There are influences/references from The Bible; there is a folky, old-America and history feel about it. The title song is about a Texas outlaw; As I Went Out One Morning is about temptation; I Dreamed I Saw St Augustine harks back over a thousand years in history; The Ballad Of Frankie Lee And Judas Priest has been called a ‘morality song’.
Dear Landlord, Drifter’s Escape and I Am A Lonesome Hobo speak of society’s rejects. Down Along The Cove and I’ll Be Your Baby Tonight utilise pedal steel guitar, anticipating country-rock. But All Along The Watchtower is perhaps the best-known (from Isaiah), through Jimi Hendrix’s 1968 feedback-drenched version with the full Hendrix ‘Experience’.
Listen: Jimi Hendrix - All Along The Watchtower
Blood On The Tracks (1975, Columbia 32235)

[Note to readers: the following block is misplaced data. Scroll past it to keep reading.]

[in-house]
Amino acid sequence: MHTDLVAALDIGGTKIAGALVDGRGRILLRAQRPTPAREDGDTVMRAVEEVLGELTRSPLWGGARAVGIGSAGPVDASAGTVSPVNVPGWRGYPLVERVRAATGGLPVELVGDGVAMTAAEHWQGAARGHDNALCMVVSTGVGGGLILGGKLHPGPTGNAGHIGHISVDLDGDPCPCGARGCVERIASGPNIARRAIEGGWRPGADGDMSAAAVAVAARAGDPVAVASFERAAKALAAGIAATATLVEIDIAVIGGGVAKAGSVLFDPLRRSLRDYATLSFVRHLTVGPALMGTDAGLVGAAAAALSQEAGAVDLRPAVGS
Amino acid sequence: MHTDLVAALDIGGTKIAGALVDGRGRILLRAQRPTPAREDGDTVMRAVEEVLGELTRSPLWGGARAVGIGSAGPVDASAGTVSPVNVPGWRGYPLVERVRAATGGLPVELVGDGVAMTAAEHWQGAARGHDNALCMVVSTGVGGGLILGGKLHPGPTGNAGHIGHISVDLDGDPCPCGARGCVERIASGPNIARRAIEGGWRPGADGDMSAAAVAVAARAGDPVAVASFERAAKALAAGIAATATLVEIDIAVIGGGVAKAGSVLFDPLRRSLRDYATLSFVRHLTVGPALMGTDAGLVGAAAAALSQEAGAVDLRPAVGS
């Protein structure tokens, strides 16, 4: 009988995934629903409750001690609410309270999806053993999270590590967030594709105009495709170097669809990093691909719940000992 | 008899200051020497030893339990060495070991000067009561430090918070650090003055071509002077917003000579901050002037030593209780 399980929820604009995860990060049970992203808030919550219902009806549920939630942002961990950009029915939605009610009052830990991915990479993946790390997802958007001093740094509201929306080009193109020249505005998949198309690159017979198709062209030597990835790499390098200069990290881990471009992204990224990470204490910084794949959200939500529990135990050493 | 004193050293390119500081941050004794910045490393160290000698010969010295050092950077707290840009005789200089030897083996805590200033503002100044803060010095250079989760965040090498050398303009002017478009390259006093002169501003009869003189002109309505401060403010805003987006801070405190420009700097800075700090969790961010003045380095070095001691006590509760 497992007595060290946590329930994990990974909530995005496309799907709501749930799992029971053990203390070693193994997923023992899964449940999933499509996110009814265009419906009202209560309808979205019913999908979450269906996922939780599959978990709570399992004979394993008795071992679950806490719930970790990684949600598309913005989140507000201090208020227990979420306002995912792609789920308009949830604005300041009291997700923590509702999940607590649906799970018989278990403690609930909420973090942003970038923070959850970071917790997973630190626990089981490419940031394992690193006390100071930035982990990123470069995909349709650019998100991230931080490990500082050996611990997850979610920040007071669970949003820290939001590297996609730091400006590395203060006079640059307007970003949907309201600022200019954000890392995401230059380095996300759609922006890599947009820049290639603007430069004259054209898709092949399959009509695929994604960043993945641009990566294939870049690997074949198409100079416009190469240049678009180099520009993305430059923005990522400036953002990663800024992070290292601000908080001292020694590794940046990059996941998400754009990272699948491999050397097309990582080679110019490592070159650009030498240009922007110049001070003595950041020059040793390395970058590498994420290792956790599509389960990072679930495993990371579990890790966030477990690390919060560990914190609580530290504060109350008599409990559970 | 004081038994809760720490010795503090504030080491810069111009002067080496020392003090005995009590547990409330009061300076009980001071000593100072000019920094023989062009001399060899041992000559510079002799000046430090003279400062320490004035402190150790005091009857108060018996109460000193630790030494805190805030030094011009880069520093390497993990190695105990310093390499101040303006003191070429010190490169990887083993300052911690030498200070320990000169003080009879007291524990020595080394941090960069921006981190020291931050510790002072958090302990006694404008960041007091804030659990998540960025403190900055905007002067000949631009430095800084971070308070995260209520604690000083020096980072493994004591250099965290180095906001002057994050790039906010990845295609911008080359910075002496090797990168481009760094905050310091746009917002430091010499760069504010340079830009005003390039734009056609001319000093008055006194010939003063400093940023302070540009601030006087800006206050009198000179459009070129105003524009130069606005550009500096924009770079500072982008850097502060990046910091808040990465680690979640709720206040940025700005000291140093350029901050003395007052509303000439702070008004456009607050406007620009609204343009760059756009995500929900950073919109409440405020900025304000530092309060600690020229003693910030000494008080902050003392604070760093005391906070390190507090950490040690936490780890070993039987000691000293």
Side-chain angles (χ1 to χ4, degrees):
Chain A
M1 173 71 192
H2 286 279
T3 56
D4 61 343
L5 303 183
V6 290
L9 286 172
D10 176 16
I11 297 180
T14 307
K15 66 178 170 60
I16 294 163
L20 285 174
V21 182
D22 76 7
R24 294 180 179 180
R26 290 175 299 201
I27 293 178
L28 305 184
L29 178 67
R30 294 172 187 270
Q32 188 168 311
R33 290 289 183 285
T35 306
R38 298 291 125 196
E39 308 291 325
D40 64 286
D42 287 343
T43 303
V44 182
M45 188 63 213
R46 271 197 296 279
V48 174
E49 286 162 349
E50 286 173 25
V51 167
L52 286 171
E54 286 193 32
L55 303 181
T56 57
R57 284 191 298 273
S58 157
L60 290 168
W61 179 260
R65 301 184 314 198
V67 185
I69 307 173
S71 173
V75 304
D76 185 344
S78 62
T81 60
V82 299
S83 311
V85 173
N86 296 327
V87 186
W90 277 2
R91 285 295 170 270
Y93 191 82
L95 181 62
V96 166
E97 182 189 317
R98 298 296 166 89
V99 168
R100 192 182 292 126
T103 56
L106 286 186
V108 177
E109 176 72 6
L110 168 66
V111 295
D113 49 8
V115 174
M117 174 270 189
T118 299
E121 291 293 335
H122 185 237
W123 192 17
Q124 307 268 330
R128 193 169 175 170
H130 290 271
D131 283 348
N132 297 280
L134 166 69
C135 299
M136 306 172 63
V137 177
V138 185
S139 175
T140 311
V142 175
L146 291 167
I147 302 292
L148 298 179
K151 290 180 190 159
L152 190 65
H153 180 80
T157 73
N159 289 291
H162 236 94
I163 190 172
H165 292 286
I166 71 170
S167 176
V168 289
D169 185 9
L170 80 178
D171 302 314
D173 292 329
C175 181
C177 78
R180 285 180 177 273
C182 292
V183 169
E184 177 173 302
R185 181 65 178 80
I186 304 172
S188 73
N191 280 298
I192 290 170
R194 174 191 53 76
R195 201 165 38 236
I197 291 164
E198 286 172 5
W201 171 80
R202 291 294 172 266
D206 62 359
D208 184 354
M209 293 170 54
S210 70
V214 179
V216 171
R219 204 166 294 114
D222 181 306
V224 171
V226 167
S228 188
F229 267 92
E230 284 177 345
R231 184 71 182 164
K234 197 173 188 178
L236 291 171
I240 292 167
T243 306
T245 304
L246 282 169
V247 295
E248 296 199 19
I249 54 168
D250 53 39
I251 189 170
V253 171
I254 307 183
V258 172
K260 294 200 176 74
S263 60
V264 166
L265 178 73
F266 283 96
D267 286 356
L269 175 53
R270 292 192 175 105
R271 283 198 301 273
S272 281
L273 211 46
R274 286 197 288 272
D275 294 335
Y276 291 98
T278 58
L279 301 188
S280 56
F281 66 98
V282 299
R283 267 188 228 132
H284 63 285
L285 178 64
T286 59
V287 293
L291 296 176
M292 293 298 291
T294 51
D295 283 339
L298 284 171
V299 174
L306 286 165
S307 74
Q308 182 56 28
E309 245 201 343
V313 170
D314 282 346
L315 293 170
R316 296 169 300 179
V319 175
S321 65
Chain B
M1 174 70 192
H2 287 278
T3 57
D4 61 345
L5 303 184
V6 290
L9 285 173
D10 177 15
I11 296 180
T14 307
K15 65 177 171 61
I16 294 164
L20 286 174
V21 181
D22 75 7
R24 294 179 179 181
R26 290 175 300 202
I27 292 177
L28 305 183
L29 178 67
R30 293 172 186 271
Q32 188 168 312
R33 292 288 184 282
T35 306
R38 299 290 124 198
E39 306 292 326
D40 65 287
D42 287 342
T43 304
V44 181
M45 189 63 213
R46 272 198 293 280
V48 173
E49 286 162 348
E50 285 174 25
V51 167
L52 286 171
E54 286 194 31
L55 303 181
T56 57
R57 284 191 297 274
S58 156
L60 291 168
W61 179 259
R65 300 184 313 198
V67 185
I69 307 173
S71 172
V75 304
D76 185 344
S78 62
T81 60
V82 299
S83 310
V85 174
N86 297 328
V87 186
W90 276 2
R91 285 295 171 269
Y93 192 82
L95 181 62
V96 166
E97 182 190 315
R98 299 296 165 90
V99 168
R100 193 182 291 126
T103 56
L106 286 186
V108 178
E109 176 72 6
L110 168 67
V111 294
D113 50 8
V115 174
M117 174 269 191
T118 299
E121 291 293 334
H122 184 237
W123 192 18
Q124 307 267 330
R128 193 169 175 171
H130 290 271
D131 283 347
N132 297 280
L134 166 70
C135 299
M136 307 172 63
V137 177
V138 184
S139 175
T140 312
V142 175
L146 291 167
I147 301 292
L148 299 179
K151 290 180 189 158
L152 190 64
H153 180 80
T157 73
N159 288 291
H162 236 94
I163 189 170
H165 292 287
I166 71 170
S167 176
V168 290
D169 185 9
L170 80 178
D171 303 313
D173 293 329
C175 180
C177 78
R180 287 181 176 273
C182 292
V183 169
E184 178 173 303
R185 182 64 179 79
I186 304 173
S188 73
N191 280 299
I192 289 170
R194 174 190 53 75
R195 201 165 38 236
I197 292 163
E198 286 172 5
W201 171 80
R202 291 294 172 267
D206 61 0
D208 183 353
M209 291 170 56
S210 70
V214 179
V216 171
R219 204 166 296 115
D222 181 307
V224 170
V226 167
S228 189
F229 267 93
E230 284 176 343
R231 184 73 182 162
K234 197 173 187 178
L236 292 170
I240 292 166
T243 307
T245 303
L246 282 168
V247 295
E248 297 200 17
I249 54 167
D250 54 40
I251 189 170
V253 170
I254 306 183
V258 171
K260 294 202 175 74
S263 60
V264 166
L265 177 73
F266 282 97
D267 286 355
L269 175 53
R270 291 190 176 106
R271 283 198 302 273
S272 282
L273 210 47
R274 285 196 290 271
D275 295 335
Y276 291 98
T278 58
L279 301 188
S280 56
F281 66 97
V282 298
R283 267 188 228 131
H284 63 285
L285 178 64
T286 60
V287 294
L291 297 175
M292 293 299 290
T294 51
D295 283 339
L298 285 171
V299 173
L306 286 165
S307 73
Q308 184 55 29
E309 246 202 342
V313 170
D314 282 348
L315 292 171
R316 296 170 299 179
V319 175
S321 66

This saw a return to critical acclaim for his work. He denied it was autobiographical, but his son Jakob said it was "his parents talking", so it is 'confessional singer-songwriter'. It was going to be cut with a full electric band, but Dylan changed his mind, moving across musicians as he created a stripped down acoustic feel as he went along in the studio.
Tangled Up In Blue is a multi-dimensional song influenced by Cubist paintings; Simple Twist of Fate’s popularity surprised Dylan; You’re A Big Girl Now is seen as a sequel to Just Like A Woman; Idiot Wind with full band backing added later was in the pain-confession, break-up of love mould.
Lily, Rosemary And The Jack Of Hearts is another of his long, narrative accounts of different left-field characters drawn from life, fiction and imagination. Shelter From The Storm sees him in dream-like, more mellow mood without the vengeance and Buckets Of Rain is a love song with acoustic and bass guitars tuned to open E.
Listen (and watch): Dylan performing Tangled Up In Blue
Desire (1976, Columbia 33893)
Unusually, most of the songs were co-written with Jacques Levy. It consists of mainly story songs, including two controversial numbers. One, the 11-minute Joey, which critics claimed glorified the mafiosi Crazy Joe Gallo who Dylan presented as a gangster with morals.